This paper presents, for the first time, a physics-based modeling technique for the Lap-band® (Inamed Health) used in laparoscopic gastric banding (LAGB) operations for treating the morbidly obese. A virtual LAGB simulator can help train medical students as well as surgeons who embark at learning this relatively new operation. The Lap-band® has different thickness and curvature along the centerline, and therefore leads to different deformation behaviors. A hybrid modeling strategy is therefore adopted to successfully replicate its dynamics. A mass-spring model, used to model the less stiff part, is coupled to a quasi-static articulated link model for the more stiff and inextensible part. The virtual Lap-band® model has been implemented into a complete graphics-haptics-physics-based system with two PHANToM Omni devices (from Sensible Technologies) being used for real-time bimanual interaction with force feedback.
Virtual patients (VPs) have the potential to augment existing medical school curricula to teach history-taking and communication skills. A goal of our current efforts to study virtual characters in health professions education is to develop a system that can be independently accessed and thus user satisfaction is an important factor in how readily this technology will be adopted. Twenty-three medical students participated in a study in which they interviewed a virtual patient and were asked to rate the educational value of the experience. Despite some of the limitations in this developing technology, students were generally receptive to its use as an educational tool. Further enhancements to the system, including increased fidelity of the interaction and novel feedback mechanisms, should improve learner satisfaction with and adoption of the virtual patient system.
Phacoemulsification cataract surgery, a minimally invasive technique to remove a cloudy lens from the eye, is one of the most commonly performed surgical procedures in the western world. Conventional training for this procedure involves didactic lectures and practice on pig and human cadaver eyes, none of which allow trainees to form an accurate predictive model of human tissue behavior during surgery. A virtual environment simulator for capsulorrhexis, one of the first steps in cataract surgery, has been developed that allows a trainee to use surgical instruments to excise a circle of tissue on the anterior side of the lens capsule through tearing. The simulator invokes a deformable mass-spring-damper mesh model of the tissue that can be grasped and torn via shearing. A novel algorithm for mesh division and maintenance enables realistic tearing behavior. The trainee controls tool motion using a 3-degree-of-freedom haptic device, and haptic feedback is provided from the virtual tissue. Although the haptic feedback in a real capsulorrhexis procedure is below the human threshold of haptic sensing, this simulator enables an experiment to determine the effectiveness of “haptic training wheels” – the idea of haptic training for a task without haptic feedback.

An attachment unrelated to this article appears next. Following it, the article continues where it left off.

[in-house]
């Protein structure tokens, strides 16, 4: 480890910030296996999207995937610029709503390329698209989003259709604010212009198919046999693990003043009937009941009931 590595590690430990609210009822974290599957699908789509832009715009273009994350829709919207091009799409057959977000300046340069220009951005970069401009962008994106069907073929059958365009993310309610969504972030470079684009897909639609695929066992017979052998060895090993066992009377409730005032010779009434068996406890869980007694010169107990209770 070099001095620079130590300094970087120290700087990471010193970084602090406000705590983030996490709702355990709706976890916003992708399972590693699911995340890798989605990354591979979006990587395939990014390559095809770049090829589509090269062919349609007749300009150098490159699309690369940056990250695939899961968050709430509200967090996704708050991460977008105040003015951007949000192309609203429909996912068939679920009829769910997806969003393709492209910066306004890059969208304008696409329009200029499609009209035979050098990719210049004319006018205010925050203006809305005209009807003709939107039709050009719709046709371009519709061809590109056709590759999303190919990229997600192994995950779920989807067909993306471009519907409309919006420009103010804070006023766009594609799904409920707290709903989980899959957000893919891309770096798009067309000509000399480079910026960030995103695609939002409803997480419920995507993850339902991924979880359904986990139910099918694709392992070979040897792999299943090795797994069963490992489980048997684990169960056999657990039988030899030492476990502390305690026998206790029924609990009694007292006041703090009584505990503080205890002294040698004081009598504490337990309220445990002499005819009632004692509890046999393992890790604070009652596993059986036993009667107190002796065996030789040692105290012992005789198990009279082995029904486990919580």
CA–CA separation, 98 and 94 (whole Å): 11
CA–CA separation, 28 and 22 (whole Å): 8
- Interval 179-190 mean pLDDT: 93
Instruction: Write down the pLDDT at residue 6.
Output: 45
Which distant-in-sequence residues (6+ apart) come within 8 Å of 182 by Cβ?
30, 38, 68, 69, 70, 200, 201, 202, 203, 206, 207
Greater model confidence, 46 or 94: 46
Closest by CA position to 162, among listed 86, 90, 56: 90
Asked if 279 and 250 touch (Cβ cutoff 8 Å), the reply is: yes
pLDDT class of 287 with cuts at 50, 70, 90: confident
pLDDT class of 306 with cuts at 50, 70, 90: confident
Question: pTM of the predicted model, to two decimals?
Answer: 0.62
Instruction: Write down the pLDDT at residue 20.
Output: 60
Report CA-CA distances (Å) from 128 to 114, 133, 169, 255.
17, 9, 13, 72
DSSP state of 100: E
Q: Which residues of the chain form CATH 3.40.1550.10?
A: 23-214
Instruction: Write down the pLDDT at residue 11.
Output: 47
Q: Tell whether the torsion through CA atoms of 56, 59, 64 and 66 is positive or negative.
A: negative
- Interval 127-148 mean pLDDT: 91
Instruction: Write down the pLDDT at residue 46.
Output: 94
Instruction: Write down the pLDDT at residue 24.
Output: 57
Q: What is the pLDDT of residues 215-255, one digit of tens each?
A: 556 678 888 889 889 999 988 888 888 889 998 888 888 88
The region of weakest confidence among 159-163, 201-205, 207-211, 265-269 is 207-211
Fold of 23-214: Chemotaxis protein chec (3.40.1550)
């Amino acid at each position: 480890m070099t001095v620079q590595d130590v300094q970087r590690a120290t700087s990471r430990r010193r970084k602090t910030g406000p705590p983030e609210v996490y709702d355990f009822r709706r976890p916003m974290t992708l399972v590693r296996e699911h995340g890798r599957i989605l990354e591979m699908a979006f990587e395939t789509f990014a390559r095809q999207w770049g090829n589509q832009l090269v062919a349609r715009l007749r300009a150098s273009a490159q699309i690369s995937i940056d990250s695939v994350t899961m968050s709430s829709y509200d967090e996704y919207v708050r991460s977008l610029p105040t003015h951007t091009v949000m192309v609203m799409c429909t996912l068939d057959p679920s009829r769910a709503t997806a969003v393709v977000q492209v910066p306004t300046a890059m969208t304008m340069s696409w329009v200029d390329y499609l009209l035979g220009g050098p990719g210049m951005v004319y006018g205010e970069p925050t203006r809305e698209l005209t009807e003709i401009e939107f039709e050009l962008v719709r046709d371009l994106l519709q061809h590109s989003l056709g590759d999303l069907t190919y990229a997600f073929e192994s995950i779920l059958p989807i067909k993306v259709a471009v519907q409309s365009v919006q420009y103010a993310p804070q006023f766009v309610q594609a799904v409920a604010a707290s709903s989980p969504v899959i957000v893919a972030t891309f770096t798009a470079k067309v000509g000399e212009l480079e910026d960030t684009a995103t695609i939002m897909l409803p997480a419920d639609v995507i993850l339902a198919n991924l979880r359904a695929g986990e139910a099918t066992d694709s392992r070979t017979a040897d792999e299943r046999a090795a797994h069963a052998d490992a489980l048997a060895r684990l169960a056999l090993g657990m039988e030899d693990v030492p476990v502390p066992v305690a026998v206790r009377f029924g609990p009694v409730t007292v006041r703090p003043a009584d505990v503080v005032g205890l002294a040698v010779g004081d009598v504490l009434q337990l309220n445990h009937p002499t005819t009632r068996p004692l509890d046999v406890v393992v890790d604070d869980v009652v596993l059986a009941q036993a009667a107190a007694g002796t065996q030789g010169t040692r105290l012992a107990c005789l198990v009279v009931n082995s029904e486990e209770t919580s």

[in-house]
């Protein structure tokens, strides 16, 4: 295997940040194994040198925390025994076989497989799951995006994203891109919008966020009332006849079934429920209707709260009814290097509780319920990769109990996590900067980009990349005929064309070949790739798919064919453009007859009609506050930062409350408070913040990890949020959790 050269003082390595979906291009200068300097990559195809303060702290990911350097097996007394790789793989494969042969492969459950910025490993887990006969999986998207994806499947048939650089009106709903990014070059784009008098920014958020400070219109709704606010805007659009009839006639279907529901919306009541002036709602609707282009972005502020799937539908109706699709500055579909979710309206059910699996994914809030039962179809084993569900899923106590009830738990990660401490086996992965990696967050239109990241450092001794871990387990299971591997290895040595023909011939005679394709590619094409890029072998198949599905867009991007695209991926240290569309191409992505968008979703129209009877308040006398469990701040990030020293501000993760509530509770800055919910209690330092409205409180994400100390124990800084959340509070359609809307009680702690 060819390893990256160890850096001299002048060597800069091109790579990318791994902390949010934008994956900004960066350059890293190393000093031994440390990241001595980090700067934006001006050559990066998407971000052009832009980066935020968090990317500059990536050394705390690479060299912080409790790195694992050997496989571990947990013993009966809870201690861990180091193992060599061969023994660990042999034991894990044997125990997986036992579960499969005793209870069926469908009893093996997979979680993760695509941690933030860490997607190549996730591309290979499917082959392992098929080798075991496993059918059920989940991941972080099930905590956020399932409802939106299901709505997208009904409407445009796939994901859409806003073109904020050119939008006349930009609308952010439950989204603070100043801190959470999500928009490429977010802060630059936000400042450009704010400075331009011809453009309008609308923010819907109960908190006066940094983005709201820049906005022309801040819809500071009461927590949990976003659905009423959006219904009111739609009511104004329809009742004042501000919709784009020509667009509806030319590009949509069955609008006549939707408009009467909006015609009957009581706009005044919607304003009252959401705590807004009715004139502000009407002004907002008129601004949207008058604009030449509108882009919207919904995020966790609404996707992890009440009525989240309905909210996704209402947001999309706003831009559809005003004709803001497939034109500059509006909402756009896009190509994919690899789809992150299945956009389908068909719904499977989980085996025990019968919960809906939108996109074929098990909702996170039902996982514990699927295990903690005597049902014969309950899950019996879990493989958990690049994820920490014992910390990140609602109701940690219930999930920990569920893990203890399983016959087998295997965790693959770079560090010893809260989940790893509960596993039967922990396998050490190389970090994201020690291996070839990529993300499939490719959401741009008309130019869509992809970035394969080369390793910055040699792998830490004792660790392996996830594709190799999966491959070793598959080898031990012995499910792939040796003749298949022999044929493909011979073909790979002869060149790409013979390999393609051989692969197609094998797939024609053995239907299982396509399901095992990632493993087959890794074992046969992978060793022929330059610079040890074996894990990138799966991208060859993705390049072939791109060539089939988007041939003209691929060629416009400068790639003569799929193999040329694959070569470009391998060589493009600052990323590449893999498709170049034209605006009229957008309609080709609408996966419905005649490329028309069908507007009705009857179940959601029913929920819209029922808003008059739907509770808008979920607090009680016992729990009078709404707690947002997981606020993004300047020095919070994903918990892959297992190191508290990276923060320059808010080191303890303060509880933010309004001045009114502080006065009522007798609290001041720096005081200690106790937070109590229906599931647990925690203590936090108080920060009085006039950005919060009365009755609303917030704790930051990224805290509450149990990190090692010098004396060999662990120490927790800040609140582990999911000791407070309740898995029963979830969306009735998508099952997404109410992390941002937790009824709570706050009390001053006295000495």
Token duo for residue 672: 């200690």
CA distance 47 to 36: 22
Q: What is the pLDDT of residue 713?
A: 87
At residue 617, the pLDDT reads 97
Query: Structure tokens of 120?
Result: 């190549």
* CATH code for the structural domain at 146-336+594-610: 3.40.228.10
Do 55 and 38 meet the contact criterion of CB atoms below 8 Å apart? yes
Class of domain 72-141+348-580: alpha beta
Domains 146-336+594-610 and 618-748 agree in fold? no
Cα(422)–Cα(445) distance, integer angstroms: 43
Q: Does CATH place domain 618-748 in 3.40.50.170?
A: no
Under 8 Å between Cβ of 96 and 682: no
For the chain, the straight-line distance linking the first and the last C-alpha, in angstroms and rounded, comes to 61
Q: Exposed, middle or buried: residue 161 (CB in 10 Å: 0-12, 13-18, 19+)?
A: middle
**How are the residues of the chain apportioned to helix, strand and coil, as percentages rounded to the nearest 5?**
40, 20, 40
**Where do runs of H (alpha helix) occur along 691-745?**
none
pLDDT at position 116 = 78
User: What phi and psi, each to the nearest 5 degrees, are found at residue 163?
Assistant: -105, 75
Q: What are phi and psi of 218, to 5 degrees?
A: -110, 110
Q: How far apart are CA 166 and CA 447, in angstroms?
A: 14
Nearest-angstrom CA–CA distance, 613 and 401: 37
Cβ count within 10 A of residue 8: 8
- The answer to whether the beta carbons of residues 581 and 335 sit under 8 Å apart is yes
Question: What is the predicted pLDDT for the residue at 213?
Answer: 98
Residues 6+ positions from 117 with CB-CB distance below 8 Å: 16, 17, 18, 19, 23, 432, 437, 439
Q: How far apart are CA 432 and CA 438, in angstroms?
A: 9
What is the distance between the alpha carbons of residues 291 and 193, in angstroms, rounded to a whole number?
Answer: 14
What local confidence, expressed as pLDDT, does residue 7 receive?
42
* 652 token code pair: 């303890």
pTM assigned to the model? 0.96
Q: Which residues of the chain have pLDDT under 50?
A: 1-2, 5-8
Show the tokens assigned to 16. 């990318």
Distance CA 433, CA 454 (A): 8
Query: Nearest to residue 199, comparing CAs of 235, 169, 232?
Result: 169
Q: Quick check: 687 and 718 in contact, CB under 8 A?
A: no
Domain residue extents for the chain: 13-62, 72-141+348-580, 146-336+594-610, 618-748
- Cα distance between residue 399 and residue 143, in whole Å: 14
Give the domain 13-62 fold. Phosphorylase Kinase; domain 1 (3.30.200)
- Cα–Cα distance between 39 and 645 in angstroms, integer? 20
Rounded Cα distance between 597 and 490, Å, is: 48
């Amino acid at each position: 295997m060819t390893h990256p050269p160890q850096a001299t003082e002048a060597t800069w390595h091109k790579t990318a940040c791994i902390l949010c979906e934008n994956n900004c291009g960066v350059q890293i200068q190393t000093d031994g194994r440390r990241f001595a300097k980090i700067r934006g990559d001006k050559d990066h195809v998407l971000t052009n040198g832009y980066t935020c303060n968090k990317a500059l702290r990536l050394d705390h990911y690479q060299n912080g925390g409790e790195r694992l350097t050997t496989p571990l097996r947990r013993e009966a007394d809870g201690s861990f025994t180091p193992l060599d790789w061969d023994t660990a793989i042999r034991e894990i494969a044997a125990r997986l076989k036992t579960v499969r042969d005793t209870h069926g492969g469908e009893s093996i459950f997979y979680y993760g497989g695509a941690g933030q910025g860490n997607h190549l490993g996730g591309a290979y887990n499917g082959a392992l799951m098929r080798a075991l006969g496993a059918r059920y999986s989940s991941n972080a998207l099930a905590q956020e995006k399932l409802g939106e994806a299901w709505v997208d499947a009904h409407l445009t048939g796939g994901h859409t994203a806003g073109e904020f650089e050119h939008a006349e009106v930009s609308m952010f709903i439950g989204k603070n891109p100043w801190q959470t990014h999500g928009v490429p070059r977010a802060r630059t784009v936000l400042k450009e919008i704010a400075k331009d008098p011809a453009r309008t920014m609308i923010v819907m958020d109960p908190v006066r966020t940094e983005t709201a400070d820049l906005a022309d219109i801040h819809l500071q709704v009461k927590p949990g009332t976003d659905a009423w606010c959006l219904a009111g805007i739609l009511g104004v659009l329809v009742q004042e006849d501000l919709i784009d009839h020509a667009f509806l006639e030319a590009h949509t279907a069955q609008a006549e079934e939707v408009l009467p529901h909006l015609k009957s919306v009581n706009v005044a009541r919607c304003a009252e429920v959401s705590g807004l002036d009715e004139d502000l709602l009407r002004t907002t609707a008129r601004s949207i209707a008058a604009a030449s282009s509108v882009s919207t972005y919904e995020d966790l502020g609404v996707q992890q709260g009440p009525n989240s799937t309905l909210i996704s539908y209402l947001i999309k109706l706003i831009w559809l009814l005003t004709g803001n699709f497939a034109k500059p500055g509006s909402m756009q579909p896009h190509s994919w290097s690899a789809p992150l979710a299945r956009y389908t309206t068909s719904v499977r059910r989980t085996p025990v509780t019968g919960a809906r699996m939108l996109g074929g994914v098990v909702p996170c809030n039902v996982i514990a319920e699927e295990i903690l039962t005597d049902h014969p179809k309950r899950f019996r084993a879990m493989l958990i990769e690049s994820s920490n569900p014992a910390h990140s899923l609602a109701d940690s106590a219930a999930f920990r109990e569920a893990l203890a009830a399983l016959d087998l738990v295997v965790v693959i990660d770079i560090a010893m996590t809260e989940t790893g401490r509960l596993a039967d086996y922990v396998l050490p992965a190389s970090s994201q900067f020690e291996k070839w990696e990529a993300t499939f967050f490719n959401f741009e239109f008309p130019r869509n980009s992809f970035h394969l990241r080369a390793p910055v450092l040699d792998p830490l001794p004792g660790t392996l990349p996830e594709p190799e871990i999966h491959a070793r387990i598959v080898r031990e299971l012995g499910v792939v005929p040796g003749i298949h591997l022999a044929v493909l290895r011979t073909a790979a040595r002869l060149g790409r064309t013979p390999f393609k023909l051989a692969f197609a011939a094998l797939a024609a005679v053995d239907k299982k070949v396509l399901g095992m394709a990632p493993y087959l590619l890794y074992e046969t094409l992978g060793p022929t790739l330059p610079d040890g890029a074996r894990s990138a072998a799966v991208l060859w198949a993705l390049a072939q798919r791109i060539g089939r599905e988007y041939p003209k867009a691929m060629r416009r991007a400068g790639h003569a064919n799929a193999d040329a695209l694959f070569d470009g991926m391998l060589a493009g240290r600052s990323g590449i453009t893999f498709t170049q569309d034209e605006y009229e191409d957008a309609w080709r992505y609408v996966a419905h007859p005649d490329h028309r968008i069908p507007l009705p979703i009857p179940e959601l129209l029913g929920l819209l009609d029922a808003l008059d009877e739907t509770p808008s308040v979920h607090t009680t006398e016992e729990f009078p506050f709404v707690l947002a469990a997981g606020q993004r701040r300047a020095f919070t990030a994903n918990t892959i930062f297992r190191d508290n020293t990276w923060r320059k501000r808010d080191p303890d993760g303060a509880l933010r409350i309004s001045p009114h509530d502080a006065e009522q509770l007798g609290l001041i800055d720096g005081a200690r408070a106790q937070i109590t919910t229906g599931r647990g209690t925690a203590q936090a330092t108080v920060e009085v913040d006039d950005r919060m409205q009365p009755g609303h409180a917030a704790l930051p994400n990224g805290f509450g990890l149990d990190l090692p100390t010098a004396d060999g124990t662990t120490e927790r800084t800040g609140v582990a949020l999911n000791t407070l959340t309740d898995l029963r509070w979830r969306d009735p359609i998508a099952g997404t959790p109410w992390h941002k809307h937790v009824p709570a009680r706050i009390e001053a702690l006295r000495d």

A virtual reality system for the training of the lumbar puncture intervention is presented. We use a haptic device with six degrees of freedom (6DOF) to feedback forces that resist needle insertion and rotation. An improved haptic volume rendering approach is used to calculate the forces and an evaluation component has been developed to rate the success of virtual lumbar punctures to trace the training process of the user and to give feedback about failures.